If you worry about whether you can fully unplug ever at VP or above positions, there are both positives and negatives. Good: you love yourself very much and you prioritize your mental health and other aspects in life. Bad: you don't love or care enough about your job. Not saying you don't care, but just not enough relative to the psychos that make it to the top in this industry. Finance hardos would probably say you are soft. You can never win, really.

To make it clear though, there is no right or wrong. It's perfectly and absolutely usual to want to fully unplug fully on a vacation. Our industry is just cut-throat and not normal/healthy. Making money and succeeding come with sacrifices.

Magnam perspiciatis suscipit adipisci officiis dolorem dicta impedit. Libero quia rem aut dolor.

Minus dicta molestias dolorum fugit. Iusto et itaque dolores hic velit laboriosam. Cupiditate est repellendus omnis earum quia cum. Quis veniam est odit recusandae aliquam eaque ipsum. Quia voluptatem quo cumque debitis voluptas explicabo architecto. Quam blanditiis iure totam ut autem voluptas sunt quia.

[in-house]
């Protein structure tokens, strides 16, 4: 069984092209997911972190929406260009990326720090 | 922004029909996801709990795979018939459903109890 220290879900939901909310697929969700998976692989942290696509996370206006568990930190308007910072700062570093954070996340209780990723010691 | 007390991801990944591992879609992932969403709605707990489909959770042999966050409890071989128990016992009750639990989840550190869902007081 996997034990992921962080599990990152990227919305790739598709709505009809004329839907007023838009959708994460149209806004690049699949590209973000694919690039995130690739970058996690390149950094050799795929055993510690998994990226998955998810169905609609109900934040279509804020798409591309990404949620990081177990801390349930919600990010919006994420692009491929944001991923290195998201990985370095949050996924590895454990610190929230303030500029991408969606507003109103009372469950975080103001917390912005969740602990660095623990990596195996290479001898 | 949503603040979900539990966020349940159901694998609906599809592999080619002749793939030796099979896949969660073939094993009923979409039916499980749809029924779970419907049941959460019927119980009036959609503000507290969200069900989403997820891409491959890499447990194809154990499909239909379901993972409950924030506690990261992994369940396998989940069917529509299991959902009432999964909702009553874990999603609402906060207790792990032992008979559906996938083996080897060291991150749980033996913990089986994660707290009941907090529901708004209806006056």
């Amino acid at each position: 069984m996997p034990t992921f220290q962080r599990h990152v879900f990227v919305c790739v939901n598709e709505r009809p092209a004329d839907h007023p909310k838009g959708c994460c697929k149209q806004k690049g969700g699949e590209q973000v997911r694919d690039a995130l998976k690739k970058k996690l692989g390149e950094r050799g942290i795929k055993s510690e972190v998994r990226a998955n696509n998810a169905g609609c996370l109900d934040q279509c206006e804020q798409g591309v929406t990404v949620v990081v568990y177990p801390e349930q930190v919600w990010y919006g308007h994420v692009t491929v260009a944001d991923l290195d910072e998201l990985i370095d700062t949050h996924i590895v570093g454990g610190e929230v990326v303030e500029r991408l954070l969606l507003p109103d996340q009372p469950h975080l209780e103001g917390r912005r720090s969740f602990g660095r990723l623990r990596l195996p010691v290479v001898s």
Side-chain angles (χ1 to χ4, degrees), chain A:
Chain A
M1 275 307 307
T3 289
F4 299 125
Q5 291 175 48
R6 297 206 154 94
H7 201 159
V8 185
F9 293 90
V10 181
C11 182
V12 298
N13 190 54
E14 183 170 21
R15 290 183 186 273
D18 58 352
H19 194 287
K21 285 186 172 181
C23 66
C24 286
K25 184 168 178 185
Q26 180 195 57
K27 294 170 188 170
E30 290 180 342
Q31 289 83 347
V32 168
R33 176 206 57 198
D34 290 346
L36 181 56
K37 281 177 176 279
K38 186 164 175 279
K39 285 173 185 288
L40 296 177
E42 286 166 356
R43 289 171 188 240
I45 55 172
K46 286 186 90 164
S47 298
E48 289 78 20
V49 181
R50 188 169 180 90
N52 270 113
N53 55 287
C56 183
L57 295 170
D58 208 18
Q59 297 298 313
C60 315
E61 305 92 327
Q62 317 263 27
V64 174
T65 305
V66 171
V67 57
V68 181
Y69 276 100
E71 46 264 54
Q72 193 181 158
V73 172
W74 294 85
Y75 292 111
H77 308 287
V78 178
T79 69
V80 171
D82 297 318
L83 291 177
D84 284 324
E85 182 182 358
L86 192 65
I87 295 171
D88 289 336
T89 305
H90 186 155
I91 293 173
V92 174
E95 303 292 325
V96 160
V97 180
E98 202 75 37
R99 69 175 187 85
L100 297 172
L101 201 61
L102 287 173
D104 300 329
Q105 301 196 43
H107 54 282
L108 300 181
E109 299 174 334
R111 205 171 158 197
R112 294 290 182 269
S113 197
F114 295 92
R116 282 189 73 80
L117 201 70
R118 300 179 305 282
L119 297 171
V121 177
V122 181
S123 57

Voluptates nobis ipsam eum nemo ab inventore. Aut non ex aspernatur est adipisci laudantium officia. Ut dolores quia eveniet molestiae et reprehenderit.

Quis tempore veniam est vero pariatur voluptatem. Nisi veritatis aut distinctio recusandae. Eum quod aspernatur velit reiciendis voluptatem vitae reprehenderit quibusdam.

Career Advancement Opportunities

September 2023 Investment Banking

  • Lazard Freres (++) 99.6%
  • Lincoln International (==) 99.1%
  • Jefferies & Company 02 98.7%
  • William Blair 12 98.2%
  • Financial Technology Partners 02 97.8%

Overall Employee Satisfaction

September 2023 Investment Banking

  • William Blair 04 99.6%
  • Lincoln International 11 99.1%
  • Canaccord Genuity 18 98.7%
  • Jefferies & Company 07 98.2%
  • Stephens Inc 11 97.8%

Professional Growth Opportunities

September 2023 Investment Banking

  • Lincoln International 01 99.6%
  • Lazard Freres 17 99.1%
  • Jefferies & Company 02 98.7%
  • Financial Technology Partners 06 98.2%
  • UBS AG 15 97.8%

Total Avg Compensation

September 2023 Investment Banking

  • Director/MD (6) $592
  • Vice President (33) $392
  • Associates (160) $261
  • 3rd+ Year Analyst (14) $187
  • 2nd Year Analyst (101) $169
  • 1st Year Analyst (309) $167
  • Intern/Summer Associate (48) $167
  • Intern/Summer Analyst (225) $94
16 IB Interviews Notes

“... there’s no excuse to not take advantage of the resources out there available to you. Best value for your $ are the...”

From 10 rejections to 1 dream investment banking internship

“... I believe it was the single biggest reason why I ended up with an offer...”